Poland’s right-wing wins but leader Kaczynski wants more
WARSAW, Poland (AP) — Jaroslaw Kaczynski has guided Poland’s conservative ruling party to capture the biggest electoral share for any party in 30 years of democracy in Poland — yet the man who has dreamed of power since childhood is still a bit disappointed.
Kaczynski’s focus on social benefits and promotion of patriotic values won the Law and Justice party a historic 44% of the vote in Sunday’s parliamentary election, giving it 235 of 460 seats in the lower house of parliament. The seats did not increase from the 2015 election despite an improvement over the party’s 38% outcome then.
The party will keep its working majority to pass laws, but falls far short of the large majority that Kaczynski had wanted to enable him to change the constitution and reshape Poland to fit his vision of a strong modern state rooted in conservative Catholic traditions.
On election night he could barely hide his disappointment, saying the party “deserved more.”
Furthermore, his ruling party lost its majority in the Senate, giving the opposition the power to slow down Law and Justice’s passage of laws and to influence appointments to important state bodies.
It is a bittersweet victory for a man who is widely considered the most powerful politician in the country — “almost absolute monarch” as one commentator called him Monday on news portal Onet.
That is also because it was probably his last.
The 70-year-old has recently said he plans to retire from politics before the next parliamentary election in 2023. While he campaigned tirelessly, traveling the country and meeting with voters, his age and bad knees mean he doesn’t have forever to put his mark on Poland. He faces surgery on both his knees soon.
Yet for now, there is no question that he remains the most influential powerbroker in the nation, even though he has no formal position in government and is just a lawmaker in the lower house of parliament, a seat he was reelected to Sunday.
During the campaign, he was the party’s driving force, far overshadowing Prime Minister Mateusz Morawiecki at rallies.
Over the past four years, he hand-picked the Cabinet and is the architect of government policies, though he clearly has to negotiate with different factions in his conservative group behind closed doors.
To his supporters, the lifelong bachelor looms as a benevolent father figure who has helped them in their daily struggles with generous social benefits.
Critics, however, blame Kaczynski for eroding democratic norms, an ironic twist for a man who was active in Poland’s pro-democracy Solidarity movement in the 1980s.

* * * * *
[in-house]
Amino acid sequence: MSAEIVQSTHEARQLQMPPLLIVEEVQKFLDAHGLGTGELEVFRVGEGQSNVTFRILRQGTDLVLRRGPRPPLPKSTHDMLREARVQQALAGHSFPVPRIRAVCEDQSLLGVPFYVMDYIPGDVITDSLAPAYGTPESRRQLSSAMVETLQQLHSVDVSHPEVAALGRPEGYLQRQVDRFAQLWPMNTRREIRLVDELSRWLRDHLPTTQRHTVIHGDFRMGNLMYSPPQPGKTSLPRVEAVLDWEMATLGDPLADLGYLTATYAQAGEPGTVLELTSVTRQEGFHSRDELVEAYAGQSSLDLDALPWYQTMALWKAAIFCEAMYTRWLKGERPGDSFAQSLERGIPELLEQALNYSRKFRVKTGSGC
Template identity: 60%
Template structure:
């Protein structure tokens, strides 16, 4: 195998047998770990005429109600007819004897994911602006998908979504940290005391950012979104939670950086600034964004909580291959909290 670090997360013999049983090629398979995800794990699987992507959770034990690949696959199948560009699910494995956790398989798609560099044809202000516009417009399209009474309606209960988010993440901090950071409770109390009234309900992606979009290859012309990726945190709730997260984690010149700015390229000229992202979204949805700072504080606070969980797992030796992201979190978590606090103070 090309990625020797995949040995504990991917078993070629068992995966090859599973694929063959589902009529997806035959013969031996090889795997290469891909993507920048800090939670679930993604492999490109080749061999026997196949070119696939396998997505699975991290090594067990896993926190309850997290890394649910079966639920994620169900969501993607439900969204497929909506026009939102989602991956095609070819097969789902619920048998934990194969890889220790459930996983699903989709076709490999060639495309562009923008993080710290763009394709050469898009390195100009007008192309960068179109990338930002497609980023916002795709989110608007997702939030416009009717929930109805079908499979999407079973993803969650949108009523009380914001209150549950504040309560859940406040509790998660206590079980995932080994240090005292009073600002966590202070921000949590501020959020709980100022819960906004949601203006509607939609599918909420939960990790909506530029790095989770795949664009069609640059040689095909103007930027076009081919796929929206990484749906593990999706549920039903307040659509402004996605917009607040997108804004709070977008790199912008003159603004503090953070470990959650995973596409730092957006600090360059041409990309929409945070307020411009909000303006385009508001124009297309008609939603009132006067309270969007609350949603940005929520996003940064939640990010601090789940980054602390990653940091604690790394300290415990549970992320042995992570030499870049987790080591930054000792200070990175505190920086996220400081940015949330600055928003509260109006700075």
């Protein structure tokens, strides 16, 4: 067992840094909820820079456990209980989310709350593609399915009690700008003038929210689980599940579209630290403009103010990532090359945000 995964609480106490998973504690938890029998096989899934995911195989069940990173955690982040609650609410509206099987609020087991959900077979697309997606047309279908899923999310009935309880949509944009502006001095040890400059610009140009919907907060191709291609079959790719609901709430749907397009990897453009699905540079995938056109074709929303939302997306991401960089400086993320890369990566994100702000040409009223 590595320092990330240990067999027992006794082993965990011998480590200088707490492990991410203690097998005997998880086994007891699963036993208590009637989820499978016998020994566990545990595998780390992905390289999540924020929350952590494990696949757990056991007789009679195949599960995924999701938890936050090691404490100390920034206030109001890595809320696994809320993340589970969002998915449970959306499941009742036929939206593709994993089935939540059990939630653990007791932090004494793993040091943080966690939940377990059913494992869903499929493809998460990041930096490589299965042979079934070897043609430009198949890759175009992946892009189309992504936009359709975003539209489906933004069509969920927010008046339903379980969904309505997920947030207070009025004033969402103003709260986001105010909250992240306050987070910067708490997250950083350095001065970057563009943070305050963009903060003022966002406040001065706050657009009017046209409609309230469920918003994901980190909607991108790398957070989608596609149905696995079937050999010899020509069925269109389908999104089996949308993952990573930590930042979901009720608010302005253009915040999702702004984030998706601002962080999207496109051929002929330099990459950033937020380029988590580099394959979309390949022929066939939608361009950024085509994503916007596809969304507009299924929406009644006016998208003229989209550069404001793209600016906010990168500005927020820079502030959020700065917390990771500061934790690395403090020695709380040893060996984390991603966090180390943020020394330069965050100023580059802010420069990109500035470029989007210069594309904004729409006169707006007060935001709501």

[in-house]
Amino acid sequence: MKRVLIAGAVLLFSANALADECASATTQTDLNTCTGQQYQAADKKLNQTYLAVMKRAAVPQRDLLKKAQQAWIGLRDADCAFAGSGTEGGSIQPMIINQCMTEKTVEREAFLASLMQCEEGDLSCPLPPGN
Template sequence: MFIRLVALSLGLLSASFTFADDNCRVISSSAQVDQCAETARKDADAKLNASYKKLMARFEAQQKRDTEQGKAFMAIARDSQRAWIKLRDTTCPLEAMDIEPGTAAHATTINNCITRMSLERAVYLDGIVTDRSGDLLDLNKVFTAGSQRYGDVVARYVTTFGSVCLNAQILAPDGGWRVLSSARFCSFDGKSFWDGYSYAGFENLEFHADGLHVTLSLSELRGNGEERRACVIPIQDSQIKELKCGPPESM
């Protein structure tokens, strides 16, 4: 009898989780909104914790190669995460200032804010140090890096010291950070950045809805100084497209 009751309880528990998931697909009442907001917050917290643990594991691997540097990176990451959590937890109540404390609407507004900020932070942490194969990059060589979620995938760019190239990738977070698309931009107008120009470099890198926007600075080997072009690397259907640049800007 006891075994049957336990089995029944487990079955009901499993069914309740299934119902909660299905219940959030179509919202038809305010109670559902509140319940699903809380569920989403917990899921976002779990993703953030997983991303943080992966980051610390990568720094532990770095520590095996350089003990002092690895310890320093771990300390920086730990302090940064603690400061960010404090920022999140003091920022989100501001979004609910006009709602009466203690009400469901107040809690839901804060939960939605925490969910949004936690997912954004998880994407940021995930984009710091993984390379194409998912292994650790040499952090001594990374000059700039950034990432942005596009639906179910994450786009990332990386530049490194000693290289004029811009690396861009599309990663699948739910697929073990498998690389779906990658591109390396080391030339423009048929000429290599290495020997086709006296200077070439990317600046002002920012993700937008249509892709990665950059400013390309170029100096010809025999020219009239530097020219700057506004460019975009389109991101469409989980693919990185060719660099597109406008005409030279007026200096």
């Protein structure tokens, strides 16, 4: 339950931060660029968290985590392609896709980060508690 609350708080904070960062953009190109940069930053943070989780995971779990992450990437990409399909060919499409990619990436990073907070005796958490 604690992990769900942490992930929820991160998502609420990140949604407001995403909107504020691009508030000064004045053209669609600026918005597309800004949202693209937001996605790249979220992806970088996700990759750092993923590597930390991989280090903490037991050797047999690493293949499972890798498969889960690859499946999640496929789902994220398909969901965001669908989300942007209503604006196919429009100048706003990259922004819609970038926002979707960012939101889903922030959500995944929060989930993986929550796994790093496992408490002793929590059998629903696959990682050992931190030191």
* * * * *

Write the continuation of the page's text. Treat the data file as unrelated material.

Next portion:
Since taking power in 2015, Law and Justice has overhauled Poland’s justice system in a way that has eroded judicial independence. It has seized control of state media and turned it into a party propaganda tool with little regard for the standards of objective journalism.
The party ran this time on promises to complete its judicial reforms and to establish a body to regulate journalists, policies that could prolong the country’s standoff with the European Union.
Kaczynski served as aide to then-President Lech Walesa in the early 1990s but soon fell out with him. His critics accuse him of trying to rewrite history to play down Walesa’s role in creating Poland’s democracy — for which Walesa won a Nobel Peace Prize in 1983 — and put his late brother, a deputy to Walesa, in the spotlight.
Walesa, in turn, is one of Kaczynski’s most outspoken critics today, frequently accusing him of destroying Poland’s democracy and standing in Europe.
Kaczynski served briefly as prime minister from 2006-2007 in a chaotic, short-lived government while his identical twin brother Lech Kaczynski was president. He says he does not want to repeat the experience.
“The job of the party leader is totally sufficient. I have dreamed of it since I was young,” he told the Super Express tabloid.
In 2010, his life was forever changed by tragedy. His brother, the president, was killed in a plane crash in Russia along with 95 other Poles, many of them top state and military officials, as they traveled to commemorate a massacre of Poles by the Soviet Union during World War II.
At the time, the twin’s mother was hospitalized and Jaroslaw stayed behind to tend to her. After Lech’s death, he kept the news from her for months. To this day, he only appears in public in black and attends monthly memorial services for his brother and the other victims.
His clear attachment to his family and Catholic traditions are part of his appeal to many Poles. So is his love of all things Polish — including traditional foods like dumplings and stewed sauerkraut. He also seeks out Polish destinations for his holidays.
Long before their political careers, the Kaczynski twins had captured the eye of the public as film stars who played urchins in a children’s movie “The Two who Stole the Moon.”
Even at that time, Kaczynski dreamed of power.
“When I played in the movie I was 12,” Kaczynski told Super Express newspaper, “and I already wanted to rule, for a very long time.”